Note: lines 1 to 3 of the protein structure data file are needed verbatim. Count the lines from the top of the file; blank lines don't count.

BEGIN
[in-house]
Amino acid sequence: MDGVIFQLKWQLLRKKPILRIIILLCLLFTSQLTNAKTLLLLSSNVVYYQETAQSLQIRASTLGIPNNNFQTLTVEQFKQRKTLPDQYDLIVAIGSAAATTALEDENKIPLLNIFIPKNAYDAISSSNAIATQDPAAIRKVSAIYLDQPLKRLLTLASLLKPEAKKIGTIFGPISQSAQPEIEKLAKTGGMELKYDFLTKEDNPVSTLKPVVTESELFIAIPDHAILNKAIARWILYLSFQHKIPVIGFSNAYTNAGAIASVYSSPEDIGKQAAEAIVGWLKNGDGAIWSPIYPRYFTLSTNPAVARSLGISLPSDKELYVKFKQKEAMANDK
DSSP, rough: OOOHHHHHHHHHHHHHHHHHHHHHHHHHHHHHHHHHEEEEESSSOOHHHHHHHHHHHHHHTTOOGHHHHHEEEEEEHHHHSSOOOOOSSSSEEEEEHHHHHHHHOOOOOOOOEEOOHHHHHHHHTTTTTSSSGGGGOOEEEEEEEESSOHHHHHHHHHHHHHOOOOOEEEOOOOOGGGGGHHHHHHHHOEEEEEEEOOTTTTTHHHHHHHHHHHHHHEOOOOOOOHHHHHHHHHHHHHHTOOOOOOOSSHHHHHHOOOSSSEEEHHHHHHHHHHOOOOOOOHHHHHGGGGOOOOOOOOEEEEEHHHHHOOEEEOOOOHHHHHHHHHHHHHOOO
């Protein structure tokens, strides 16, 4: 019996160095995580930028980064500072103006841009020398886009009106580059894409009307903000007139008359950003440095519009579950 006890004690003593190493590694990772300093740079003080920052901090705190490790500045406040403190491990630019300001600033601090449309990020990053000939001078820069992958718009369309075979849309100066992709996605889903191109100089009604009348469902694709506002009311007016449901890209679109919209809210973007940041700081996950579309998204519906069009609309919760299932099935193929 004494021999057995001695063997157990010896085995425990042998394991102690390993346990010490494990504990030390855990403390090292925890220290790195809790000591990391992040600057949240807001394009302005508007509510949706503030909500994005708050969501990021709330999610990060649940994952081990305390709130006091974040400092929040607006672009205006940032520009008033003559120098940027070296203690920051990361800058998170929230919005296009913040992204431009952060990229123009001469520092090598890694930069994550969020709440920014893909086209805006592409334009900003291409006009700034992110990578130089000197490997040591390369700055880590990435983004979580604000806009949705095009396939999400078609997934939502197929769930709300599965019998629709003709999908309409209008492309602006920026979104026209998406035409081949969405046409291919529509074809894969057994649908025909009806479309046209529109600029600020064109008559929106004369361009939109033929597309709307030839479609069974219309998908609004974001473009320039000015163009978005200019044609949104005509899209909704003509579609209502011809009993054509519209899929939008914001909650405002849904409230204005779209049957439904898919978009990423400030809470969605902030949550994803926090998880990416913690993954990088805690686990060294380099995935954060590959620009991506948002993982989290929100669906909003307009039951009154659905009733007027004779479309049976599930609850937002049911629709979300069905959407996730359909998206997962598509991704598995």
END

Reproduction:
[in-house]
Amino acid sequence: MDGVIFQLKWQLLRKKPILRIIILLCLLFTSQLTNAKTLLLLSSNVVYYQETAQSLQIRASTLGIPNNNFQTLTVEQFKQRKTLPDQYDLIVAIGSAAATTALEDENKIPLLNIFIPKNAYDAISSSNAIATQDPAAIRKVSAIYLDQPLKRLLTLASLLKPEAKKIGTIFGPISQSAQPEIEKLAKTGGMELKYDFLTKEDNPVSTLKPVVTESELFIAIPDHAILNKAIARWILYLSFQHKIPVIGFSNAYTNAGAIASVYSSPEDIGKQAAEAIVGWLKNGDGAIWSPIYPRYFTLSTNPAVARSLGISLPSDKELYVKFKQKEAMANDK
DSSP, rough: OOOHHHHHHHHHHHHHHHHHHHHHHHHHHHHHHHHHEEEEESSSOOHHHHHHHHHHHHHHTTOOGHHHHHEEEEEEHHHHSSOOOOOSSSSEEEEEHHHHHHHHOOOOOOOOEEOOHHHHHHHHTTTTTSSSGGGGOOEEEEEEEESSOHHHHHHHHHHHHHOOOOOEEEOOOOOGGGGGHHHHHHHHOEEEEEEEOOTTTTTHHHHHHHHHHHHHHEOOOOOOOHHHHHHHHHHHHHHTOOOOOOOSSHHHHHHOOOSSSEEEHHHHHHHHHHOOOOOOOHHHHHGGGGOOOOOOOOEEEEEHHHHHOOEEEOOOOHHHHHHHHHHHHHOOO